Kesar SAL Medical College and Research Institute

Ahmadābād, India

Kesar SAL Medical College and Research Institute

Ahmadābād, India
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Awari A.,Kesar SAL Medical College and Research Institute | Nighute S.,Kesar SAL Medical College and Research Institute | Deorukhkar S.,R.M.C Loni
Journal of Clinical and Diagnostic Research | Year: 2012

A prospective study of 916 surgeries were conducted. All the wounds were examined for the presence of infection in all the 916 surgeries, out of which 840 normal surgeries and seventy six infected surgical wound infections were studied. The overall infection rate was 8.29%. The surgical infection rate in the wounds following clean surgery (class I) was 3.4%, that in clean contaminated surgeries (class II) was 7.77%, that in contaminated surgeries (class III) was 16.49% and that in dirty (class IV) surgeries was 24.67%. In the present study, the rate of infection in the emergency surgeries was not significantly higher than that in the planned and elective surgeries. The infection rate was seen to be the maximum when the duration of the pre-operative hospitalization was increased. There was a significant increase in the rate of infection as the duration of the surgeries increased. This study shows that the infection rate was higher in patients (9.98%) in whom prophylactic antibiotics were not given. The infection rate was highest in post appendicectomy wounds and lowest in wounds following hydrocele surgeries. The commonest isolates from the surgical wound infections was Staphylococcus aureus and E.coli, followed by Pseudomonas aeruginosa and Klebsiella pneumoniae.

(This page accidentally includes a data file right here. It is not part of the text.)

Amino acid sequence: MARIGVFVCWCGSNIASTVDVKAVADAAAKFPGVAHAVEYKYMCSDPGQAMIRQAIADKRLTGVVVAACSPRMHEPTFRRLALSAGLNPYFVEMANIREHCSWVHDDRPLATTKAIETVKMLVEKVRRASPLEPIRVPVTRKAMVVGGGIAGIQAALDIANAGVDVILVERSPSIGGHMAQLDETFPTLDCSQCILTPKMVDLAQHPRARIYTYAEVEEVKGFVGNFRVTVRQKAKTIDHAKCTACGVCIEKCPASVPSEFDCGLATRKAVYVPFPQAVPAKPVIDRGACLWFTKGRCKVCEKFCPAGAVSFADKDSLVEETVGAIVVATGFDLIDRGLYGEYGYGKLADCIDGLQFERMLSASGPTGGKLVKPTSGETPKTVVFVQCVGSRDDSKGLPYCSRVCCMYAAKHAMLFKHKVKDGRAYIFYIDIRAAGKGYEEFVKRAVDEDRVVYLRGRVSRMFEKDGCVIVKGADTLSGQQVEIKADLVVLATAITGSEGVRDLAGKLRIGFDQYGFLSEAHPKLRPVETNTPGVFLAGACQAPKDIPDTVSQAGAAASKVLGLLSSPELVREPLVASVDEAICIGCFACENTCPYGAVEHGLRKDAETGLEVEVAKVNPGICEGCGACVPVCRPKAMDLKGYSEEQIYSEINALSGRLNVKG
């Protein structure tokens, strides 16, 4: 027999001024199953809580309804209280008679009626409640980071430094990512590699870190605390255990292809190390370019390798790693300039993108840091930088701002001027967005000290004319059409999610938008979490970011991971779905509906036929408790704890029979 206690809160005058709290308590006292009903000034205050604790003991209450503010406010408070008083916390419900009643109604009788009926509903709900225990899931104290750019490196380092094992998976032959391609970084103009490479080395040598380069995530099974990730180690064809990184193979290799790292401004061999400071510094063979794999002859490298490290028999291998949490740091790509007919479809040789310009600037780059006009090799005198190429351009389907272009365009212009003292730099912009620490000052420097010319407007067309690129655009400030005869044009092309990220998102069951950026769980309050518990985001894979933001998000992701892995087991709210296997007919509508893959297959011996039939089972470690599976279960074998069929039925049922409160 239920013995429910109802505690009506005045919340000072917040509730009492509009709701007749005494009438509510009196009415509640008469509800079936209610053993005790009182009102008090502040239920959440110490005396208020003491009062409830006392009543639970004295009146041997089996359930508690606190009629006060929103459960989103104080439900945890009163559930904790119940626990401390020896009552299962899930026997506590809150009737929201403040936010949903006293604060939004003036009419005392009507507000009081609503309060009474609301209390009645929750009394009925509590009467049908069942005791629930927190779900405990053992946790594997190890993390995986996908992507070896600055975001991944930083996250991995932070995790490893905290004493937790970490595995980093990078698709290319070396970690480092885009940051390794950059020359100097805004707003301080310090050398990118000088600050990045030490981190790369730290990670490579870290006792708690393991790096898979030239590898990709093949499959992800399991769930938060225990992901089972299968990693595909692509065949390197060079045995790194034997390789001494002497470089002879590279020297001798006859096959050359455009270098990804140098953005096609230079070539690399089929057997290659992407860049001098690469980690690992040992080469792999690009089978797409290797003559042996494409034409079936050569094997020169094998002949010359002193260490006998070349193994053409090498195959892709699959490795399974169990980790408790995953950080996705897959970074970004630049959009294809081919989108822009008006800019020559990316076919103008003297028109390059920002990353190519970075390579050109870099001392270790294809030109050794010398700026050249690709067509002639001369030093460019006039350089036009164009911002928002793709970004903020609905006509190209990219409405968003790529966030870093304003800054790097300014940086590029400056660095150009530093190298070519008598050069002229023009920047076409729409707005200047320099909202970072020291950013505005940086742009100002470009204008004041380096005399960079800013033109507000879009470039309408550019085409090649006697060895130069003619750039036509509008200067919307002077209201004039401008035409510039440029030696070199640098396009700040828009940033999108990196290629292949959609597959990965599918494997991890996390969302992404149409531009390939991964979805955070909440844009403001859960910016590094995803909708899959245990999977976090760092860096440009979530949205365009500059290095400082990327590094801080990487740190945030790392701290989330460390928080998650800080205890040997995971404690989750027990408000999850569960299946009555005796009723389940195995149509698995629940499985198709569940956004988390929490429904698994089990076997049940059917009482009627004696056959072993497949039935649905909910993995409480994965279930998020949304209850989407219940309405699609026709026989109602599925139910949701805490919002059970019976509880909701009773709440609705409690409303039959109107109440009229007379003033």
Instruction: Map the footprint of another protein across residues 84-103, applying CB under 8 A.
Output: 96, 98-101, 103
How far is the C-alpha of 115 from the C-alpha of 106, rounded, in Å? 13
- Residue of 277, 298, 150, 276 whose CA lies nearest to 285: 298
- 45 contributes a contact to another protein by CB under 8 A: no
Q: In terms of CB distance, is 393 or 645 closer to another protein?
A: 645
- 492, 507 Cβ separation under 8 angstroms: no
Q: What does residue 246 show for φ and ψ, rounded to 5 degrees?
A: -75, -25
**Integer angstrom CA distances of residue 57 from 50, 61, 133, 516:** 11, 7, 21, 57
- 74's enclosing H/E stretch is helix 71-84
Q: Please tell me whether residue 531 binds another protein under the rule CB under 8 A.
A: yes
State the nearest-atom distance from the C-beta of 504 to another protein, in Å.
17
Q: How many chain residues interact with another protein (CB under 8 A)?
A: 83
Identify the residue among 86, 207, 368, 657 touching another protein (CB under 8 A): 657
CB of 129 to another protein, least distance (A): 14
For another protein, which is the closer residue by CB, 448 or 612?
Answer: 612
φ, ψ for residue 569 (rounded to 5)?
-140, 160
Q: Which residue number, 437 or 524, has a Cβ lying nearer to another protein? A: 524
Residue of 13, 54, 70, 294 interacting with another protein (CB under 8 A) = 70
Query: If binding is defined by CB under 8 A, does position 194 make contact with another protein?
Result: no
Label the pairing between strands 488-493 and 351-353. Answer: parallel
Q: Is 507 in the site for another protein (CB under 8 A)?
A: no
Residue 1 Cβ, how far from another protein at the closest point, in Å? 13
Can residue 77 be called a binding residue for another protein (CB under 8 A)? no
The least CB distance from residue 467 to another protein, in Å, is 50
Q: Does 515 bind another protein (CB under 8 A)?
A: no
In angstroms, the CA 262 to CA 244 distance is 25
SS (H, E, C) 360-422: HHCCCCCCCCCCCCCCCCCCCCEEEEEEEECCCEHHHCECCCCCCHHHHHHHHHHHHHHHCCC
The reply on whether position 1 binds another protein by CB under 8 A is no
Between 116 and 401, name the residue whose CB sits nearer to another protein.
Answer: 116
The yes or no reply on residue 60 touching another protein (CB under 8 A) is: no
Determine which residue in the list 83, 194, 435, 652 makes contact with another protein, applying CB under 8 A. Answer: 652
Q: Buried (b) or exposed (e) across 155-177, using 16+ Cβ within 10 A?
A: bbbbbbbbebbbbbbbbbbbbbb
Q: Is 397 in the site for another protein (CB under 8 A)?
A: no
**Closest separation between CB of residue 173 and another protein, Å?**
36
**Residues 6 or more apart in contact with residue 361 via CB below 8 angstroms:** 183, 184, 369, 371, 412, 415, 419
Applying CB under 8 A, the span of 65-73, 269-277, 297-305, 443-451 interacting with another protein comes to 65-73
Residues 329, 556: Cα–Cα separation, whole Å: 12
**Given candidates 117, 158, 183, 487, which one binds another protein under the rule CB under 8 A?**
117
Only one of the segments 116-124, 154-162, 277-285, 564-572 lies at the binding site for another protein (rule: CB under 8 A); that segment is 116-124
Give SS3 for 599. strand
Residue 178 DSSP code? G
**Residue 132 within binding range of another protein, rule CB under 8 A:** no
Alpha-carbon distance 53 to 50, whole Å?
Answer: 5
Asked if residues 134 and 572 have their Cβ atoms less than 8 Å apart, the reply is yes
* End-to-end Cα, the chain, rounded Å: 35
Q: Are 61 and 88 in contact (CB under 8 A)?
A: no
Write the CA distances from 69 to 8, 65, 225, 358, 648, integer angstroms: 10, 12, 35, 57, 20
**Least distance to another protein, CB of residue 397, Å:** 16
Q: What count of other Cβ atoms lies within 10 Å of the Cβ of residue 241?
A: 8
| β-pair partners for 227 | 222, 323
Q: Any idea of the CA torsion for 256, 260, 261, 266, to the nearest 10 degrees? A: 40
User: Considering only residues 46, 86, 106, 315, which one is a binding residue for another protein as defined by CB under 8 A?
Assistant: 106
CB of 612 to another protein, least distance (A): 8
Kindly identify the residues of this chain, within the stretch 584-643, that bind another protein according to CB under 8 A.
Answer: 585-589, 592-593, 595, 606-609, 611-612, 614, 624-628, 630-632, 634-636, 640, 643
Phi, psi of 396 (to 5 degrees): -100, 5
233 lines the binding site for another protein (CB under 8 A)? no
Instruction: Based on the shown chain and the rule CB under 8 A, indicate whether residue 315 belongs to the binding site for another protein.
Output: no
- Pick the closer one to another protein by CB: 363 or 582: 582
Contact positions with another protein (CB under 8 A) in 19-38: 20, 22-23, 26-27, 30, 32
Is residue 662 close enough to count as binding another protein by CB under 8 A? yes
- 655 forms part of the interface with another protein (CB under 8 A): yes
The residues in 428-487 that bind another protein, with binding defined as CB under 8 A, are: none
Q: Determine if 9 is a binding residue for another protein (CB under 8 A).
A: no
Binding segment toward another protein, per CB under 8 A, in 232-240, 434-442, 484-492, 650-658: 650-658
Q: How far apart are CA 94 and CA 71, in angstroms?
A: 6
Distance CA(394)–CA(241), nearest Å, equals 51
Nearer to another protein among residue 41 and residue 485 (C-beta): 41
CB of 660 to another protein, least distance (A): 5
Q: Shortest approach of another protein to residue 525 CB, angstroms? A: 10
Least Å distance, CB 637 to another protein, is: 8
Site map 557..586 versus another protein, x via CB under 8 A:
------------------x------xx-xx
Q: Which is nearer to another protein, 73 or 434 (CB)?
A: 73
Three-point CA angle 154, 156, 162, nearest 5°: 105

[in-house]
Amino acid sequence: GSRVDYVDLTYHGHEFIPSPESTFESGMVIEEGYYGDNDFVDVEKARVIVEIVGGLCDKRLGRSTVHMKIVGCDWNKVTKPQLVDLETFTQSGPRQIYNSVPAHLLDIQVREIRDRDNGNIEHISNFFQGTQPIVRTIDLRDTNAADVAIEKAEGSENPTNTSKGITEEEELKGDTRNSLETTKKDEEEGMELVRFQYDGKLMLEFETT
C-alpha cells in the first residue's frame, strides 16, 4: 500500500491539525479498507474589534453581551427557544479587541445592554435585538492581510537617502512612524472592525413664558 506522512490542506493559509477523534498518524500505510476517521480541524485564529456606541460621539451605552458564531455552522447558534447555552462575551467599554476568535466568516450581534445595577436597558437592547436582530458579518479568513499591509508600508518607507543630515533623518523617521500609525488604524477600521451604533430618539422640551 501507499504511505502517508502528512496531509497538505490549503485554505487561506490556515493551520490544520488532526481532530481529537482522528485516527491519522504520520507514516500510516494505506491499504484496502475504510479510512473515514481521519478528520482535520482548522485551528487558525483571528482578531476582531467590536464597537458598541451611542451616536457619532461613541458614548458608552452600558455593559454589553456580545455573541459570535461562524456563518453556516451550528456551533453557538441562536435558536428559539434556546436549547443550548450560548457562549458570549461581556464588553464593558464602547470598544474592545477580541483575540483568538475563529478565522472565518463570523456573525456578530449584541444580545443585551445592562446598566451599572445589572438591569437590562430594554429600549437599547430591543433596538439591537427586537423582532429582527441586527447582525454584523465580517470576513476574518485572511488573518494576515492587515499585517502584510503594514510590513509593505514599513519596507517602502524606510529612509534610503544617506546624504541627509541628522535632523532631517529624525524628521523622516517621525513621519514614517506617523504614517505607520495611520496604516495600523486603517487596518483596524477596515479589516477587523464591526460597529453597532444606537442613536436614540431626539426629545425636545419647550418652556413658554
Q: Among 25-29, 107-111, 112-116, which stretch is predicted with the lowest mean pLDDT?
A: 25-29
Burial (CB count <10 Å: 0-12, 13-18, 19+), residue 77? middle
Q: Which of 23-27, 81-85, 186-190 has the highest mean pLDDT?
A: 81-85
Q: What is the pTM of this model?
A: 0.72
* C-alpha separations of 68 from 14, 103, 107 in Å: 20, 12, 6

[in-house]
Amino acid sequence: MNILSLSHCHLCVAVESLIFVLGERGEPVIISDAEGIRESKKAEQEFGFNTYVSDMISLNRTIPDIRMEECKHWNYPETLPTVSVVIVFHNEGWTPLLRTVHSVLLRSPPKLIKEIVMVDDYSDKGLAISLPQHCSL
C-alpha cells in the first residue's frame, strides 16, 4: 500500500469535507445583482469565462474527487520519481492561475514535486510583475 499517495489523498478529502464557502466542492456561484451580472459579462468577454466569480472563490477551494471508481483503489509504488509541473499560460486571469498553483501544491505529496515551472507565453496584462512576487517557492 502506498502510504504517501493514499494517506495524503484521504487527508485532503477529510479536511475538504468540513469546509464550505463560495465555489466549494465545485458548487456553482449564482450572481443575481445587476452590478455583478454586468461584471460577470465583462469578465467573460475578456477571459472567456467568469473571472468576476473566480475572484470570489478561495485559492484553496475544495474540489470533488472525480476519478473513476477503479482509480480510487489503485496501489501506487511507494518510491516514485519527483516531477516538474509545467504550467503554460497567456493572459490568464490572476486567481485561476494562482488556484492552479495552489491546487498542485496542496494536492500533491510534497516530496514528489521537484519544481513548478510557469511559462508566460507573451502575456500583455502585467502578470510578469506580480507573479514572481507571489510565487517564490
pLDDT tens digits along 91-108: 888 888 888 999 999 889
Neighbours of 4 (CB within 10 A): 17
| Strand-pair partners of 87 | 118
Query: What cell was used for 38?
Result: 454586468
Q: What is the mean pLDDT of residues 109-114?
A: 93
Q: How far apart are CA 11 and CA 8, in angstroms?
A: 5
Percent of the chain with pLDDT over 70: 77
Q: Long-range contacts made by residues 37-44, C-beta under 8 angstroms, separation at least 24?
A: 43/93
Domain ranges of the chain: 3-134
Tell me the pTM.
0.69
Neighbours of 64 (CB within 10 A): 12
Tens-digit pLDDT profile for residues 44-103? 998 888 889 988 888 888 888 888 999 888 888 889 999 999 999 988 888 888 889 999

Abhijit A.,Kesar SAL Medical College and Research Institute | Sunita N.,Kesar SAL Medical College and Research Institute
Journal of Clinical and Diagnostic Research | Year: 2011

The present study was carried out at the College of Medical Sciences and K J Mehta Hospital, Amargadh, Dist. Bhavnagar, Gujarat, during the period from January 2010 to December 2010, to detect Salmonella (S. typhi) cases and carriers by various methods, in clinically suspected cases of enteric fever. The sensitivity of each microbiological test for the diagnosis of salmonella was also evaluated. A total of 300 blood samples, 50 controls and 100 stool samples were processed, among which 90 cases were of clinically suspected enteric fever and 10 were of gastroenteritis. One hundred stool samples from healthy individuals as the controls were processed and urine was processed in 10 cases, while CSF and pus were processed in one case each. S. typhi was the commonest isolate (75%), followed by S. Paratyphi A (15 %) and S. Paratyphi B (2.5 %) from blood, S. enteritidis (2.5 %) was isolated from pus and S. typhimurium (5 %) was isolated from the stool samples. The Widal test positivity was 38.66 % and the blood culture positivity was 12.33 %. The coagglutination test is a valuable adjuvant for the diagnosis of enteric fever. The Quinolone group of drugs is an alternative drug of choice for multi drug resistant salmonellosis. The incorporation of this drug in the base line restoration, if technically feasible, has to be advised.

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